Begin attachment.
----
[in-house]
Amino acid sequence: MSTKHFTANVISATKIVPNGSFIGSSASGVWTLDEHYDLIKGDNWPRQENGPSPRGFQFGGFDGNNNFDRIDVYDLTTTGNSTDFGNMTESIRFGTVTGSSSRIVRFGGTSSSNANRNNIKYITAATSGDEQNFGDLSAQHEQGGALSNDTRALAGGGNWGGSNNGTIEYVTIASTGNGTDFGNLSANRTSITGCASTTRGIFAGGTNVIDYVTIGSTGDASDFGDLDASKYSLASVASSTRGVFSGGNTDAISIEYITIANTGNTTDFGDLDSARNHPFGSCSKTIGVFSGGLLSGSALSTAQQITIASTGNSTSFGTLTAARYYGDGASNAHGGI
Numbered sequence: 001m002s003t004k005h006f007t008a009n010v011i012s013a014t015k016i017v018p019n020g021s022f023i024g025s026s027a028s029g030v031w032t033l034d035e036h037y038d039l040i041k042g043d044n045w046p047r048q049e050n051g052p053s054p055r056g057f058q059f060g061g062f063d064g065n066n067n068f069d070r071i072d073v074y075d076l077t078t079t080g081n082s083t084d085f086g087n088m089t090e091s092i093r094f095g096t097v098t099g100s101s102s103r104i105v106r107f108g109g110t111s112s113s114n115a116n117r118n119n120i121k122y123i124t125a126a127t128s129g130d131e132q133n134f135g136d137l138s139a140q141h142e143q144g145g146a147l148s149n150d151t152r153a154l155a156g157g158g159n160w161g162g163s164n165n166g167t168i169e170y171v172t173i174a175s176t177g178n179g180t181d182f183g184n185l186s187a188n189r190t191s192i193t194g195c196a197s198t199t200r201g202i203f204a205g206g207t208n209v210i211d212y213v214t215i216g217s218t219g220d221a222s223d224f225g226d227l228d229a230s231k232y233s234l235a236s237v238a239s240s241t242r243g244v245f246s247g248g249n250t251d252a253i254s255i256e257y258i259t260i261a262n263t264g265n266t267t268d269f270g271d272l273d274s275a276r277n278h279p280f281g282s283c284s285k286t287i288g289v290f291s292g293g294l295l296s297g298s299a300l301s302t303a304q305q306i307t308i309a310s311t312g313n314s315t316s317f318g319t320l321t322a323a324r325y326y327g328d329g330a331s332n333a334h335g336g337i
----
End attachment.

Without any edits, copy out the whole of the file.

[in-house]
Amino acid sequence: MSTKHFTANVISATKIVPNGSFIGSSASGVWTLDEHYDLIKGDNWPRQENGPSPRGFQFGGFDGNNNFDRIDVYDLTTTGNSTDFGNMTESIRFGTVTGSSSRIVRFGGTSSSNANRNNIKYITAATSGDEQNFGDLSAQHEQGGALSNDTRALAGGGNWGGSNNGTIEYVTIASTGNGTDFGNLSANRTSITGCASTTRGIFAGGTNVIDYVTIGSTGDASDFGDLDASKYSLASVASSTRGVFSGGNTDAISIEYITIANTGNTTDFGDLDSARNHPFGSCSKTIGVFSGGLLSGSALSTAQQITIASTGNSTSFGTLTAARYYGDGASNAHGGI
Numbered sequence: 001m002s003t004k005h006f007t008a009n010v011i012s013a014t015k016i017v018p019n020g021s022f023i024g025s026s027a028s029g030v031w032t033l034d035e036h037y038d039l040i041k042g043d044n045w046p047r048q049e050n051g052p053s054p055r056g057f058q059f060g061g062f063d064g065n066n067n068f069d070r071i072d073v074y075d076l077t078t079t080g081n082s083t084d085f086g087n088m089t090e091s092i093r094f095g096t097v098t099g100s101s102s103r104i105v106r107f108g109g110t111s112s113s114n115a116n117r118n119n120i121k122y123i124t125a126a127t128s129g130d131e132q133n134f135g136d137l138s139a140q141h142e143q144g145g146a147l148s149n150d151t152r153a154l155a156g157g158g159n160w161g162g163s164n165n166g167t168i169e170y171v172t173i174a175s176t177g178n179g180t181d182f183g184n185l186s187a188n189r190t191s192i193t194g195c196a197s198t199t200r201g202i203f204a205g206g207t208n209v210i211d212y213v214t215i216g217s218t219g220d221a222s223d224f225g226d227l228d229a230s231k232y233s234l235a236s237v238a239s240s241t242r243g244v245f246s247g248g249n250t251d252a253i254s255i256e257y258i259t260i261a262n263t264g265n266t267t268d269f270g271d272l273d274s275a276r277n278h279p280f281g282s283c284s285k286t287i288g289v290f291s292g293g294l295l296s297g298s299a300l301s302t303a304q305q306i307t308i309a310s311t312g313n314s315t316s317f318g319t320l321t322a323a324r325y326y327g328d329g330a331s332n333a334h335g336g337i